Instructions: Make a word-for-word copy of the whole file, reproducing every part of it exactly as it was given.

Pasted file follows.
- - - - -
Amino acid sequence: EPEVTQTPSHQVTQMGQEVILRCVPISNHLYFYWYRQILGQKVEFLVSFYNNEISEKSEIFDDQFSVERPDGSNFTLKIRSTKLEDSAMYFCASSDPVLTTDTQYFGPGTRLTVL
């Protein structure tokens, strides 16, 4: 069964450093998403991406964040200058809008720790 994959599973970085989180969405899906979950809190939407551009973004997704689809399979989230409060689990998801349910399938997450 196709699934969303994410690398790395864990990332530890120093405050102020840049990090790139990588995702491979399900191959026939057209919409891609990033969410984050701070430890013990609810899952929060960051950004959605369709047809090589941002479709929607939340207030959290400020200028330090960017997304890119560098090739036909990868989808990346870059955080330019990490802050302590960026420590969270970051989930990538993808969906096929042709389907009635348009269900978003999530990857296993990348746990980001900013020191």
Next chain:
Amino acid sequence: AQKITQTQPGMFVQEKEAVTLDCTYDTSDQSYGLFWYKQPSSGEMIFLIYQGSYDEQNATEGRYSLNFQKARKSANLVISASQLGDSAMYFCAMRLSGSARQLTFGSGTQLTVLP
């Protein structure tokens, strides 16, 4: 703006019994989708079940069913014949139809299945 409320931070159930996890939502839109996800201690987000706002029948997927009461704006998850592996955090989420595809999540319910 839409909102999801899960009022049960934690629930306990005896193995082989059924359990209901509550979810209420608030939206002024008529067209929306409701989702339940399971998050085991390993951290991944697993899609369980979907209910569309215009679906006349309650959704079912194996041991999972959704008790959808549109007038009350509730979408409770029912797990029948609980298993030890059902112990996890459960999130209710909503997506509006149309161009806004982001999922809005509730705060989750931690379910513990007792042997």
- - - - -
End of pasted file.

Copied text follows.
Amino acid sequence: EPEVTQTPSHQVTQMGQEVILRCVPISNHLYFYWYRQILGQKVEFLVSFYNNEISEKSEIFDDQFSVERPDGSNFTLKIRSTKLEDSAMYFCASSDPVLTTDTQYFGPGTRLTVL
């Protein structure tokens, strides 16, 4: 069964450093998403991406964040200058809008720790 994959599973970085989180969405899906979950809190939407551009973004997704689809399979989230409060689990998801349910399938997450 196709699934969303994410690398790395864990990332530890120093405050102020840049990090790139990588995702491979399900191959026939057209919409891609990033969410984050701070430890013990609810899952929060960051950004959605369709047809090589941002479709929607939340207030959290400020200028330090960017997304890119560098090739036909990868989808990346870059955080330019990490802050302590960026420590969270970051989930990538993808969906096929042709389907009635348009269900978003999530990857296993990348746990980001900013020191």
Next chain:
Amino acid sequence: AQKITQTQPGMFVQEKEAVTLDCTYDTSDQSYGLFWYKQPSSGEMIFLIYQGSYDEQNATEGRYSLNFQKARKSANLVISASQLGDSAMYFCAMRLSGSARQLTFGSGTQLTVLP
């Protein structure tokens, strides 16, 4: 703006019994989708079940069913014949139809299945 409320931070159930996890939502839109996800201690987000706002029948997927009461704006998850592996955090989420595809999540319910 839409909102999801899960009022049960934690629930306990005896193995082989059924359990209901509550979810209420608030939206002024008529067209929306409701989702339940399971998050085991390993951290991944697993899609369980979907209910569309215009679906006349309650959704079912194996041991999972959704008790959808549109007038009350509730979408409770029912797990029948609980298993030890059902112990996890459960999130209710909503997506509006149309161009806004982001999922809005509730705060989750931690379910513990007792042997």